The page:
Building credibility and trust in virtual teams: Give ‘em the benefit of the doubt

What I have discovered over the years is that a leader is only as good as her team. And, the quality of the teamwork will depend on how the leader manages. It’s a big responsibility, but it’s also a big opportunity. I’ve learned a lot from working with teams that are dispersed all over the world. This isn’t just for leaders, however, it’s really an approach that anyone can use. It’s way of creating an atmosphere that fosters the very best performance from everyone around us.


This may sound simplistic, but I assume everyone I meet is a potential friend until they prove themselves otherwise. In his book, The Art of Possibility, Benjamin Zander explains how his students all start on day one with perfect A’s. From the moment they come to class, that grade is theirs to lose. It’s the student’s responsibility to do the work to maintain it. I love this approach and have adopted it as a great virtual collaboration tool. I assume you are going to be a great colleague; that you share my interest in doing a good job and you are smart and capable. I give you an A at the start.

Is this a risky approach? For me, it’s a calculated risk. More often than not, individuals rise to the occasion. Virtual professionals are successful because they can self-direct and hold themselves accountable. The alternative is to assume the worst and act with suspicion without actual cause. Not a great way to build an open working relationship and downright annoying if you are on the receiving end. Of course, there are exceptions and sometimes colleagues let you down. If that happens, deal with the individual accordingly. Avoid blaming all for the transgressions of the one.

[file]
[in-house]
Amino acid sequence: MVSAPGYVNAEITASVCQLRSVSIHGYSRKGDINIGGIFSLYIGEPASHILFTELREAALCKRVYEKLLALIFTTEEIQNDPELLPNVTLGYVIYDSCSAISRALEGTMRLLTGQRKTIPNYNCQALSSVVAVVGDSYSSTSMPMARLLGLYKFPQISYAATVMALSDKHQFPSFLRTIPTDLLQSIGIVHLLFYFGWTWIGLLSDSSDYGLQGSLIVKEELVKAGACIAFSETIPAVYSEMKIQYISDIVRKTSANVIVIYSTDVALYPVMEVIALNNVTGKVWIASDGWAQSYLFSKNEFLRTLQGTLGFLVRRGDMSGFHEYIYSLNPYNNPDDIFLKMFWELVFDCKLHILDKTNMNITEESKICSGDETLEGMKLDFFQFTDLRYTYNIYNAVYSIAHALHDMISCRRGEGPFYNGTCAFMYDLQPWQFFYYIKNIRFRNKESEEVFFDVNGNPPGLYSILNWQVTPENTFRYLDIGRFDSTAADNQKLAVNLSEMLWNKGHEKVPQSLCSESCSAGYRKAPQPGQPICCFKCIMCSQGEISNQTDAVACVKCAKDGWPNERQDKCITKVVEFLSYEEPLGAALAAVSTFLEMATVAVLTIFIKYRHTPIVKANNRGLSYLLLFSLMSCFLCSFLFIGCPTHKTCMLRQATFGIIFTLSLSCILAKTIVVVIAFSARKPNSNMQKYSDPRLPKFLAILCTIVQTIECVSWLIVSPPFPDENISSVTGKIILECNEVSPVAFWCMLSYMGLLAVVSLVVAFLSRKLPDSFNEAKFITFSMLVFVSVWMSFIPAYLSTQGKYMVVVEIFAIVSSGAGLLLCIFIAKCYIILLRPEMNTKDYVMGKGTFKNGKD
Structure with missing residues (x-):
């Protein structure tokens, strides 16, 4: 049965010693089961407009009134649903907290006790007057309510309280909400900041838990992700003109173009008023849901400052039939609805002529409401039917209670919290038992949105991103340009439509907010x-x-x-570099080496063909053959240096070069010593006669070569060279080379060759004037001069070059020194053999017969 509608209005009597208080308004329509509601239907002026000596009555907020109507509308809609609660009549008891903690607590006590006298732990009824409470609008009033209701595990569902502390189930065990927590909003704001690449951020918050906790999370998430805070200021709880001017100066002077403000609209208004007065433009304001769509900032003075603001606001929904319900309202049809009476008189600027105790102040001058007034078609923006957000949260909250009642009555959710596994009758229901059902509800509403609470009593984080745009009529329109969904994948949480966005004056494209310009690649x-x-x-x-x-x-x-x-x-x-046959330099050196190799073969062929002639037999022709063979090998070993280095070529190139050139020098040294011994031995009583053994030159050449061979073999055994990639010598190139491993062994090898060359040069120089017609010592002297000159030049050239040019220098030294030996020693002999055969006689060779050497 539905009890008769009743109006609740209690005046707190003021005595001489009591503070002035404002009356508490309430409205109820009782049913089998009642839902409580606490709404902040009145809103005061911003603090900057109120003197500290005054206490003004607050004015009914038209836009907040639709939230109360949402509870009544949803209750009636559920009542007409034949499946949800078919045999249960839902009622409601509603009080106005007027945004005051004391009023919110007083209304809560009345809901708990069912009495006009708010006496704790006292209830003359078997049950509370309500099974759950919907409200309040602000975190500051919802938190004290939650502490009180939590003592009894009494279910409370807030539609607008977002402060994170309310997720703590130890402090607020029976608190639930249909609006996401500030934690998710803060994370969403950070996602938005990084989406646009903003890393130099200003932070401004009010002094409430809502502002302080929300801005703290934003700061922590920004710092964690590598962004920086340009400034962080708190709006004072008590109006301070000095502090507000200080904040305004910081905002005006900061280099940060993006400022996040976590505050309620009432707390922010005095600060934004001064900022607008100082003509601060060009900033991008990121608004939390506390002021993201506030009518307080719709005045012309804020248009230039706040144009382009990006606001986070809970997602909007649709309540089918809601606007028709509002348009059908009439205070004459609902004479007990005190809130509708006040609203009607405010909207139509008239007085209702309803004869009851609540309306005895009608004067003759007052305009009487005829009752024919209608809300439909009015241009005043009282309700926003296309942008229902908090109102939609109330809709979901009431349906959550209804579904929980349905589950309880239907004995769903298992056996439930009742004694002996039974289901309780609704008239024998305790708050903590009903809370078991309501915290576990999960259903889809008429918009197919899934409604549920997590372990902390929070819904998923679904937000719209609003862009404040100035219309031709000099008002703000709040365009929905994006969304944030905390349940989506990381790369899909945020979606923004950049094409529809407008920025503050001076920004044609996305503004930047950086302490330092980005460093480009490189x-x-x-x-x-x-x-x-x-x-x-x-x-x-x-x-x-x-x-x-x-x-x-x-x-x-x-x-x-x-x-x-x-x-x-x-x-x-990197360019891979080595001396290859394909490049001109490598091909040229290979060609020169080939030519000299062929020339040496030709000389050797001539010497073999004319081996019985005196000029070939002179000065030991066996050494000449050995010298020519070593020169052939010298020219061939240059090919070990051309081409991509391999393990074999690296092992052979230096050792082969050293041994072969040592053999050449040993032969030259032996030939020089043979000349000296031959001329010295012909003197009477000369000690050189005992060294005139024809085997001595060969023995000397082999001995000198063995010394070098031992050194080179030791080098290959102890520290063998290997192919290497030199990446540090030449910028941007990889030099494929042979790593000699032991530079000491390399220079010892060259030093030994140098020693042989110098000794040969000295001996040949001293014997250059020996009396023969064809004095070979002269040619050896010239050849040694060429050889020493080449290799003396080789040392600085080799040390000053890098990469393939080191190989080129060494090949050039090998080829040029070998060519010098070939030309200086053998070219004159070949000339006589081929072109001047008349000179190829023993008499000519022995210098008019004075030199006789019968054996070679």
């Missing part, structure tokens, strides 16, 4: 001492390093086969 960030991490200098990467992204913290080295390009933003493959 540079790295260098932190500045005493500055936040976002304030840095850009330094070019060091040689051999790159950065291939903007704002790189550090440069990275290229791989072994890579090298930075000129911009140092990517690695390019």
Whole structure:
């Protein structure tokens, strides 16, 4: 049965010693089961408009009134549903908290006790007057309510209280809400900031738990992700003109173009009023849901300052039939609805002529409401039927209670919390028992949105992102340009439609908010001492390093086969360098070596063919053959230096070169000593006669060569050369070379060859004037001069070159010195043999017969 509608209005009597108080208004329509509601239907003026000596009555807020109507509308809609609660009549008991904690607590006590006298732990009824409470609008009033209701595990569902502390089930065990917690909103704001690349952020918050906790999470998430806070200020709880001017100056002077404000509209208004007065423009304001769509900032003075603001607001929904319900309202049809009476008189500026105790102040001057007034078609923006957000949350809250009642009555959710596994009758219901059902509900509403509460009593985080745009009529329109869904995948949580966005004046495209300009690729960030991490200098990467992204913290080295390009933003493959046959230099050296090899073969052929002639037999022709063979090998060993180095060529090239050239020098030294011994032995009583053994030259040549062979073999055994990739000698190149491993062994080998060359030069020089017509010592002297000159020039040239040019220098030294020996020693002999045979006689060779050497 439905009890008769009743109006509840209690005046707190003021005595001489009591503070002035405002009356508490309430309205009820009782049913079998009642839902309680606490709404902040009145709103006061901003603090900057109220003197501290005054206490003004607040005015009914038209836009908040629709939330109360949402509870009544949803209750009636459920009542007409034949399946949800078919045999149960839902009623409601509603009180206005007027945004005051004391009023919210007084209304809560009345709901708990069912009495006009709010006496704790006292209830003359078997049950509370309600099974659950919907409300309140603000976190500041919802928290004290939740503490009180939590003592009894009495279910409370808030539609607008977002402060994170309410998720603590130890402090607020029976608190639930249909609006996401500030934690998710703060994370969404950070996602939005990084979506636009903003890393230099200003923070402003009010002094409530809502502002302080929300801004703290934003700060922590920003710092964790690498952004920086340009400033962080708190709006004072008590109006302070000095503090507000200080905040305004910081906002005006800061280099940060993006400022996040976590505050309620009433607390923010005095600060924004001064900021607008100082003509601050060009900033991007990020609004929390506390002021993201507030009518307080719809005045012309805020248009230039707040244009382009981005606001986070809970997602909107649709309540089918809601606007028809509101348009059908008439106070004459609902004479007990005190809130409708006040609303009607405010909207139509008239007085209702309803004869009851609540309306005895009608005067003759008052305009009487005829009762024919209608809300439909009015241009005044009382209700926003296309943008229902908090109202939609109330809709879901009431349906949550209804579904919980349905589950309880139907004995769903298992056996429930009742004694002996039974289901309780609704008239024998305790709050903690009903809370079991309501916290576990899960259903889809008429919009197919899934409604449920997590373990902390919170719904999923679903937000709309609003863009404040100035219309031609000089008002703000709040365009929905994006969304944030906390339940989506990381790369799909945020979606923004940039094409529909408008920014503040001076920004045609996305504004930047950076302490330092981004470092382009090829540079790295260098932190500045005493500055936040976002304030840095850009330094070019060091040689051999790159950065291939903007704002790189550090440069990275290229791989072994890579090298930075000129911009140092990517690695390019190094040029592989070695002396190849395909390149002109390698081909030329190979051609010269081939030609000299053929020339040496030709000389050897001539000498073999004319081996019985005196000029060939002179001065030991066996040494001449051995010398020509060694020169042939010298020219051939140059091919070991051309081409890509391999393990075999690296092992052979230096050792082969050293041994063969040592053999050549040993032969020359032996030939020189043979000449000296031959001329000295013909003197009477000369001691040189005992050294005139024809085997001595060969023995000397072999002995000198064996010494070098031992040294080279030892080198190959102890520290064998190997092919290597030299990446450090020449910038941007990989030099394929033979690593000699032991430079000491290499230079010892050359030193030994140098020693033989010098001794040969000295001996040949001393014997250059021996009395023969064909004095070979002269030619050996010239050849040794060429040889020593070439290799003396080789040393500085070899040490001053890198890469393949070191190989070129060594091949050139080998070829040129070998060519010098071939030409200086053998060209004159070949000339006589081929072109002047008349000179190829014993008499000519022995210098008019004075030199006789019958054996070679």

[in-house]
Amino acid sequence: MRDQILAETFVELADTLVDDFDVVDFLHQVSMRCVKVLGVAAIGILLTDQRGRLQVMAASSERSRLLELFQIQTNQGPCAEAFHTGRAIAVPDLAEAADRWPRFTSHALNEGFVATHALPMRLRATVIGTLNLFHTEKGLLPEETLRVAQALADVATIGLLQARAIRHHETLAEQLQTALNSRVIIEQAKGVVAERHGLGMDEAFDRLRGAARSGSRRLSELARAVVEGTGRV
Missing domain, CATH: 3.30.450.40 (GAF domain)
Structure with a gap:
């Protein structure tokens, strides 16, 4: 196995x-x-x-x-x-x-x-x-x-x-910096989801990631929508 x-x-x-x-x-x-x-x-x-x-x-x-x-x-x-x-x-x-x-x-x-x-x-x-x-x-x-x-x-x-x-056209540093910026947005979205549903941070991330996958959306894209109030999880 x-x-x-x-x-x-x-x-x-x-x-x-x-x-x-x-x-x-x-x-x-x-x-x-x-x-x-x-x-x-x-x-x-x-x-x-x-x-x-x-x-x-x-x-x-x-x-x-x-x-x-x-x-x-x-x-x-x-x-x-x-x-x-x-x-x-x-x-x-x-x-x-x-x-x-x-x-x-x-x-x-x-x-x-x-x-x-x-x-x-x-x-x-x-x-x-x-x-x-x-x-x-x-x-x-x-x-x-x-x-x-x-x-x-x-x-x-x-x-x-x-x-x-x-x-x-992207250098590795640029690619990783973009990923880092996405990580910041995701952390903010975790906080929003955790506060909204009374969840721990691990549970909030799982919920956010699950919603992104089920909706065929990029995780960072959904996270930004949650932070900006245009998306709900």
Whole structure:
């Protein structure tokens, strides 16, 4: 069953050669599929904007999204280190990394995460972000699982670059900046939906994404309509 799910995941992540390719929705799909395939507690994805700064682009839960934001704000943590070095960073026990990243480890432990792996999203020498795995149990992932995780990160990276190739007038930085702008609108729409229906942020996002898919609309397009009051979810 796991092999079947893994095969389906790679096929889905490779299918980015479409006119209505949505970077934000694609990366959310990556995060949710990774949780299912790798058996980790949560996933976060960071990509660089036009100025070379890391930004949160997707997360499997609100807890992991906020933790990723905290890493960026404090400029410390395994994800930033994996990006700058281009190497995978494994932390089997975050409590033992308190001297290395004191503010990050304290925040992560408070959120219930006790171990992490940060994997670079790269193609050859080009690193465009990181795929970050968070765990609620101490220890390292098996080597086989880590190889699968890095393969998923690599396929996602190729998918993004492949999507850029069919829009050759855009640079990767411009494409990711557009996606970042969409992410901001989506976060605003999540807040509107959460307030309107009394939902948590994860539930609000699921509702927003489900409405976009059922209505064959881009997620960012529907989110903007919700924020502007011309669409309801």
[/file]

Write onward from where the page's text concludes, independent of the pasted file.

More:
I come to every relationship assuming we have something in common, I just haven’t discovered what it is yet. Even in international teams which span across time zones, continents and hemispheres, we all need to eat, sleep and breathe to live. Parents love their children, holidays are something to celebrate and everyone dreams. It’s up to me to find that connection. Virtual professionals who cultivate a genuine curiosity about the people in their networks make the extra effort to research/learn about the cultures, regions and customs that influence them. It’s never been easier and you can have a lot of fun doing it.

It’s a deep sign of respect to acknowledge someone’s culture and history. It’s also practical. If you are working with Asian colleagues, understanding the importance of the Spring Festival celebration is a big deal. It means you can schedule work deadlines around the holiday so they aren’t impacted by the three week shut down that happens every year during the celebration.


Even though I assume the best, I also assume you are new to working with me and I need to state my expectations right away so there are no misunderstandings. I do this respectfully – “I know this is our first time working together so let me share a little bit about my working style, communication protocols and such. Here’s what you can expect from me, what are your preferences?” If I am leading the project/team, I take more of a directed approach – “Here’s my expectation for the team”. If I am member of the team, I’m more informative – “Here’s my natural style and how I normally work, what are your preferences?”